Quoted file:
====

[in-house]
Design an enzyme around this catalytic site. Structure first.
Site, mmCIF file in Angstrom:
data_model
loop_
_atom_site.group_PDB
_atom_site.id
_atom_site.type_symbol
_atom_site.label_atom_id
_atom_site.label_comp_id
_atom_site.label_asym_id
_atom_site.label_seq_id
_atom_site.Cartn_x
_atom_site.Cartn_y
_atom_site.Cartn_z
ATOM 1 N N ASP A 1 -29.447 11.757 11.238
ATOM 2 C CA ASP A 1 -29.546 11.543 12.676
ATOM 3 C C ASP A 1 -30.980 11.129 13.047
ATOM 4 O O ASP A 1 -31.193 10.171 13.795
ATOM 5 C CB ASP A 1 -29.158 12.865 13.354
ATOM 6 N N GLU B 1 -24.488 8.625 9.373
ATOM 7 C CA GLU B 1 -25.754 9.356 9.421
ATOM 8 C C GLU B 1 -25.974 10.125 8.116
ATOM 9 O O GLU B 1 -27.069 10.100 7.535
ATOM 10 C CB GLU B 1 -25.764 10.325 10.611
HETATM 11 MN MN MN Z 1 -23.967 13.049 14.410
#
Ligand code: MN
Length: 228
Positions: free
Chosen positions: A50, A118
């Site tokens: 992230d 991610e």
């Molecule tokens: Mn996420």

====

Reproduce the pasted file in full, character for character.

[in-house]
Design an enzyme around this catalytic site. Structure first.
Site, mmCIF file in Angstrom:
data_model
loop_
_atom_site.group_PDB
_atom_site.id
_atom_site.type_symbol
_atom_site.label_atom_id
_atom_site.label_comp_id
_atom_site.label_asym_id
_atom_site.label_seq_id
_atom_site.Cartn_x
_atom_site.Cartn_y
_atom_site.Cartn_z
ATOM 1 N N ASP A 1 -29.447 11.757 11.238
ATOM 2 C CA ASP A 1 -29.546 11.543 12.676
ATOM 3 C C ASP A 1 -30.980 11.129 13.047
ATOM 4 O O ASP A 1 -31.193 10.171 13.795
ATOM 5 C CB ASP A 1 -29.158 12.865 13.354
ATOM 6 N N GLU B 1 -24.488 8.625 9.373
ATOM 7 C CA GLU B 1 -25.754 9.356 9.421
ATOM 8 C C GLU B 1 -25.974 10.125 8.116
ATOM 9 O O GLU B 1 -27.069 10.100 7.535
ATOM 10 C CB GLU B 1 -25.764 10.325 10.611
HETATM 11 MN MN MN Z 1 -23.967 13.049 14.410
#
Ligand code: MN
Length: 228
Positions: free
Chosen positions: A50, A118
């Site tokens: 992230d 991610e």
């Molecule tokens: Mn996420």